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SitePoint PHP Blog:
How to Secure Laravel Apps with 2FA via SMS
Mar 01, 2017 @ 11:52:23

On the SitePoint PHP blog there's a new tutorial posted by author Younes Rafie showing you how to secure your Laravel application with 2FA (two-factor authentication) via SMS messages. In this example they make use of the Twilio SMS handling to send the message to the end user's device.

While everyone is concerned about their application’s security, few take it seriously and take the plunge. The first thing you’ll notice when learning about this is that two factor authentication (2FA) is the go-to solution as a first step.

Although there have been some serious problems with using text messages as a second factor, it’s definitely safer than a plain username and password combination, given that many users tend to use popular and easy to guess passwords for critical services such as payments, chat, emails, etc. In this article, we’re going to build two factor authentication into a Laravel application using Twilio SMS as the second factor.

The tutorial then starts by explaining what the end result will look like - a basic username/password login system that will require a code (from the SMS message) to continue into the account. They walk you through the creation of a new Homestead instance and installation/configuration of the new Laravel project. It then shows the updates you'll need to make to migrations and the models to handle the storage of the SMS tokens. It also shows the Blade templates to create the code entry view and error output in case of a code validation failure.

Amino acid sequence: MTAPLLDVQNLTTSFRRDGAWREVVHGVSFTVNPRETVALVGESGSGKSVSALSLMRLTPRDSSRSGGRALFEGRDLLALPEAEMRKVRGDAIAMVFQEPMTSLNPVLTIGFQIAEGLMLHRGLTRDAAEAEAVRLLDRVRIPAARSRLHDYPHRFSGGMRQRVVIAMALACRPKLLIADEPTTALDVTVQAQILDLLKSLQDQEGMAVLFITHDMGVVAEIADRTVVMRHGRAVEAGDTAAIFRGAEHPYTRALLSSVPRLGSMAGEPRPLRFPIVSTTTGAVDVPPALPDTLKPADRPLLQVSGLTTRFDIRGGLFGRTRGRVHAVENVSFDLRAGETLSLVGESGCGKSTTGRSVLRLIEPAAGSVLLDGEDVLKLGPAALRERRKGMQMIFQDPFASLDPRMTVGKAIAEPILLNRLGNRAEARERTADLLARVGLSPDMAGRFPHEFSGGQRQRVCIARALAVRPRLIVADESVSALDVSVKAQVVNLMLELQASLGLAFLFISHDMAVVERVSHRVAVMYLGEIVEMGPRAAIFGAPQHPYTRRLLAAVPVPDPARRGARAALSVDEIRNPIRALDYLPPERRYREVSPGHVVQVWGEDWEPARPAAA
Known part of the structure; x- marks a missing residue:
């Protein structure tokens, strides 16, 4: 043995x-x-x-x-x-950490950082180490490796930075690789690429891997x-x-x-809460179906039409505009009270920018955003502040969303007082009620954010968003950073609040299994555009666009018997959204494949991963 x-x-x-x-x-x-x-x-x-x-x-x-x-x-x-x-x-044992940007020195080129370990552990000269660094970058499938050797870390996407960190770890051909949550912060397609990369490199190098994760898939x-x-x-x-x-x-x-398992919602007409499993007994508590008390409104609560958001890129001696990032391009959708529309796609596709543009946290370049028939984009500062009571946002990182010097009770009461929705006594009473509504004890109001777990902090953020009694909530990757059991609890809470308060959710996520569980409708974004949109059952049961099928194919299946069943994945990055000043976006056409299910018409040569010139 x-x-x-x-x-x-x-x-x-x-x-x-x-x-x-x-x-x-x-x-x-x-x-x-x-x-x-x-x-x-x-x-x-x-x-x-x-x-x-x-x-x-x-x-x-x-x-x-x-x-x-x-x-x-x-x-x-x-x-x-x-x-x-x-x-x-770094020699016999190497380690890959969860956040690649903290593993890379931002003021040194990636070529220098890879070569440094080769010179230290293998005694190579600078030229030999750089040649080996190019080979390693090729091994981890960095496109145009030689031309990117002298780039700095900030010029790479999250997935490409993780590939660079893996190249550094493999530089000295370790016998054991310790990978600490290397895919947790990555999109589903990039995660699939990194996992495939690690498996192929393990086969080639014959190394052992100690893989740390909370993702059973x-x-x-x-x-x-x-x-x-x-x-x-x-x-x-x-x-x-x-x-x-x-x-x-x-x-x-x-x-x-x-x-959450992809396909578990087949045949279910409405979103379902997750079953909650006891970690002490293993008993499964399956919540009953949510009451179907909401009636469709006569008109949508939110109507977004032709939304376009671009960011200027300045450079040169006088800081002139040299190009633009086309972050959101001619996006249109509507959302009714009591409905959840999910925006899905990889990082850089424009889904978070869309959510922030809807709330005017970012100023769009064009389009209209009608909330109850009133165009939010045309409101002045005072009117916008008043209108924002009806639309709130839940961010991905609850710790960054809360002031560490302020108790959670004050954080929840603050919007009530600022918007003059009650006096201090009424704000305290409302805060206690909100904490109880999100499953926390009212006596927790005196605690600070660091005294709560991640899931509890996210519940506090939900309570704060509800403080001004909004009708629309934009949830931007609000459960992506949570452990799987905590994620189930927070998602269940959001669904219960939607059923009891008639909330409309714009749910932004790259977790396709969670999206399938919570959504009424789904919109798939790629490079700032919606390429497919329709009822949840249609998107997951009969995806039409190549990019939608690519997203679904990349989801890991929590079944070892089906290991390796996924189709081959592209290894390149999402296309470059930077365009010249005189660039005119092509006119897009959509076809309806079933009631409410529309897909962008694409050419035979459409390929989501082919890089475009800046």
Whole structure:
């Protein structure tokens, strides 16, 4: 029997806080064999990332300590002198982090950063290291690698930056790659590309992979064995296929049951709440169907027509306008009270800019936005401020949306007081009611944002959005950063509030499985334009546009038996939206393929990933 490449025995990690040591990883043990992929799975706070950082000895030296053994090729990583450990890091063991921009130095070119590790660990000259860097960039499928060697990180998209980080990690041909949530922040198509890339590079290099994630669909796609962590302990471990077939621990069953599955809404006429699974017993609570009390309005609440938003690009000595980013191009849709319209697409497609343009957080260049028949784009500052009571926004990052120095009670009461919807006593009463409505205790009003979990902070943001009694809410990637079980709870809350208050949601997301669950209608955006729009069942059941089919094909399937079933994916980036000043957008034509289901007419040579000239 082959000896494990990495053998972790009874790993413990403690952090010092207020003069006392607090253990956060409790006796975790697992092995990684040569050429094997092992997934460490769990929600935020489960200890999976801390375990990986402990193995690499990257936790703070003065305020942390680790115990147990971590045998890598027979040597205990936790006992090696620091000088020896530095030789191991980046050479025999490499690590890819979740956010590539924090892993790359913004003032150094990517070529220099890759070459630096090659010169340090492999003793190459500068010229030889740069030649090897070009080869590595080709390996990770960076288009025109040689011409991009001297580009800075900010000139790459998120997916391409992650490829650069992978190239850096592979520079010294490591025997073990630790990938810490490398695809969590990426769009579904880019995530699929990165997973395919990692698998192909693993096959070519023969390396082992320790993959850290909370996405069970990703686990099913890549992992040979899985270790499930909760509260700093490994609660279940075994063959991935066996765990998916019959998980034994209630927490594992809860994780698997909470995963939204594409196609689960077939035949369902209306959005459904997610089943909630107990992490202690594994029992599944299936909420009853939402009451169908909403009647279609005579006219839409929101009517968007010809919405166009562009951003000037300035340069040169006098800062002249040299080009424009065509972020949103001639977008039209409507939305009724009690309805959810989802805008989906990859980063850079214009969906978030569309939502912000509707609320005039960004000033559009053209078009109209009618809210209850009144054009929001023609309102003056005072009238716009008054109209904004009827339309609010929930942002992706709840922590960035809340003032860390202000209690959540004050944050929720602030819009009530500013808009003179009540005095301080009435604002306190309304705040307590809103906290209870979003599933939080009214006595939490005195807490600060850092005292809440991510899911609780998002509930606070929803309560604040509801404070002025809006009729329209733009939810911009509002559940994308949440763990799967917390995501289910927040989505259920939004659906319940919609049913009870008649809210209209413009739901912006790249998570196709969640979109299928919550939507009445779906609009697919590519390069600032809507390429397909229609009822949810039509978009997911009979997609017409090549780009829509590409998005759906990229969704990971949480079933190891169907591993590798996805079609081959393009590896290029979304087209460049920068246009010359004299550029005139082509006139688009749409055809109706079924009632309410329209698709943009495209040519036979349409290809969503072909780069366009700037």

The tutorial then integrates Twilio's PHP SDK via a provider and provides a screencast of the end result.

tagged: laravel application security sms twofactor authentication

Link: https://www.sitepoint.com/secure-laravel-apps-2fa-via-sms/

SitePoint PHP Blog:
2FA in Laravel with Google Authenticator – Get Secure!
Nov 01, 2016 @ 10:47:02

On the SitePoint PHP blog there's a tutorial posted from Christopher Thomas showing you how to integrate two-factor authentication into your Laravel application with a Google Authenticator-compatible library, helping to secure your site even better than just one level of authentication and authorization.

In this tutorial, we will use Laravel and Google Authenticator to demonstrate how to implement 2FA in a webapp. Google Authenticator is just one implementation of the Time-Based One-Time Password (TOTP) algorithm, RFC 6238. This industry standard is used in a lot of various 2FA solutions.

[...] How the TOTP works is that the server generates a secret key. This secret key is then passed to the user. The secret key is used in combination with the current Unix timestamp to generate a six digit number, using a keyed-hash message authentication code (HMAC) based algorithm. This six digit number is the OTP. It changes every 30 seconds.